By Kim Honan
An Australian producer of hemp foods is predicting a 400 per cent growth in the next year, even though it is still illegal to sell hemp products for human consumption here.
Hemp Foods Australia's chief executive officer Paul Benhaim said the demand was being driven by overseas consumers interested in the health benefits of the seeds, oil and protein.
"They're natural, they're organic, they're high in essential fatty acids, omega-3 and omega-6, that is common usually in fish oils, which are really popular in Japan," he said.
While the company exports to numerous countries across the world, Japan is by far its biggest market and growing fast.
"Japan has had really serious issues with a nuclear accident there not so long ago, so certainly the First Lady is very much looking at environmental responses to that particular outcome," he said.
Mr Benhaim recently met with the First Lady of Japan, Akie Abe, at the inaugural Kyoto Hemp Forum.
"It's an extremely large honour to be the presence of someone like the First Lady — let alone to have a conversation — let alone for them to come up and literally have their photo taken with your products, which is quite unheard of," he said.
Designing products for export
To meet the growth in exports Hemp Foods Australia is busy upgrading its factory at Bangalow in northern New South Wales.
Last year it received nearly $600,000 from the Federal Government towards building its $1.178 million state-of-the-art processing facility.
But the company is developing a range of other food products solely for the export market, were hemp foods can be legally consumed.
"It's a little bit confidential that discussion, but we're looking at things like snack bars, we're looking at drinks, we're looking at pastas, we're looking at fibre supplements, we're looking at a whole different range of products," he said.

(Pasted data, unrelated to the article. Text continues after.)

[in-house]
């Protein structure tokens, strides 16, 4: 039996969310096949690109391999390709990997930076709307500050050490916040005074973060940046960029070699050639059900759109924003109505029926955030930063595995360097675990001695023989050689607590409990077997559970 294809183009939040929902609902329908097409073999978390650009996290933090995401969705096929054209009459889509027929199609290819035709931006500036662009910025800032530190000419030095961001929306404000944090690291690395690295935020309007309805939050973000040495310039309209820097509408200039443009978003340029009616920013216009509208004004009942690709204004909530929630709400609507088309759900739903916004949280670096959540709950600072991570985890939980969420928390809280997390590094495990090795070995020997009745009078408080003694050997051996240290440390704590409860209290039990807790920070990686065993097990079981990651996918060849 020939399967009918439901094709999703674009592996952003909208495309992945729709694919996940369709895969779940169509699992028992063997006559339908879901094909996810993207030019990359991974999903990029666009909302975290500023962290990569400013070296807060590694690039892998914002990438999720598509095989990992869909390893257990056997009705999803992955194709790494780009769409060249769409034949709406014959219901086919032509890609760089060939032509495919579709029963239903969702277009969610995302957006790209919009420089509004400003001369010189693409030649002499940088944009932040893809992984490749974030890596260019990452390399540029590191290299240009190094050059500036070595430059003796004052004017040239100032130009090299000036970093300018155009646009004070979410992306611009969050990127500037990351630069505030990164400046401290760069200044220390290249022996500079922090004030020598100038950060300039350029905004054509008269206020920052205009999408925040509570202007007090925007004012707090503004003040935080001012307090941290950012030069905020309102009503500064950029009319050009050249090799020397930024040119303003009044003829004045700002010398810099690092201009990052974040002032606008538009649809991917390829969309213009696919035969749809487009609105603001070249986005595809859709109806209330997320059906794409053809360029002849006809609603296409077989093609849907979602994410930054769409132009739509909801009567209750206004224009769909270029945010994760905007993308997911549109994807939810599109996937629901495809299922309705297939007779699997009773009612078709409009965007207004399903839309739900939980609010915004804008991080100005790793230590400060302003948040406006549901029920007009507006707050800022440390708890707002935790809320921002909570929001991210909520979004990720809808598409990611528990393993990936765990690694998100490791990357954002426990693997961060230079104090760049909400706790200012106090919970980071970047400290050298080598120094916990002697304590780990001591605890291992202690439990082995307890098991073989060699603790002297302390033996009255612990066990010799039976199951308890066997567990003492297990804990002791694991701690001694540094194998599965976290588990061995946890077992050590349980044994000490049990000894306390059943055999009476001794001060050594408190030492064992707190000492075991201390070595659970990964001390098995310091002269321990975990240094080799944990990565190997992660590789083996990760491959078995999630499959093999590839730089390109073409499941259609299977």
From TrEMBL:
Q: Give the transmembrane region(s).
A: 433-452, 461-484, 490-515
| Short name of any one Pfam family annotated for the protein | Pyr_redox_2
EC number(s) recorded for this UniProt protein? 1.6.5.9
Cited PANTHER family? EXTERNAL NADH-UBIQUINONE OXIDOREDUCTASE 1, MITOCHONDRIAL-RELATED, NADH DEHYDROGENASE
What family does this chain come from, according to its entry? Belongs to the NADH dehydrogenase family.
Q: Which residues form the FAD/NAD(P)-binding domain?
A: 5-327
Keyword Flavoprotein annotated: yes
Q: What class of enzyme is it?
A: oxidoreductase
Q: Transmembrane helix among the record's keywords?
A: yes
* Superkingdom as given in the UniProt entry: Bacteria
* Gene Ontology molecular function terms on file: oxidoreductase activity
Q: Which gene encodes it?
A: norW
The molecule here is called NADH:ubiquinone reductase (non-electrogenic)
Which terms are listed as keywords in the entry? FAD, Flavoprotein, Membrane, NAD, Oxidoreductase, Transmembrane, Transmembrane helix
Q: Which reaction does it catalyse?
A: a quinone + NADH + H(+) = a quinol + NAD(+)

"People really love Australia and it has a great image. We're really excited because we are growing more hemp seeds in Australia this year than anyone ever has and they're all certified organic.
"We're excited to have a much larger support for our local farmers in Australia, where we can produce more products and keep our overseas markets growing while we wait for the ministerial departments to cross some t's and dot some i's, to allow hemp foods much more widespread in Australia."
Struggling to meet the demand
Mr Benhaim said they needed more farmers in Australia to start growing hemp to help it meet the growing demand.
"We have just hired a very large firm to work with us in our farming who we're in constant discussions with on how to upscale, not just for what we need but for future growth which we see as being extreme," he said.
"That's one the wonderful things about hemp, is that it can be grown in any country around the world and in any place in any country.
"One of the big differences with Hemp Foods Australia is that we focus on certified organic farming techniques only for our crops, so we are one of the only countries in the world that does that."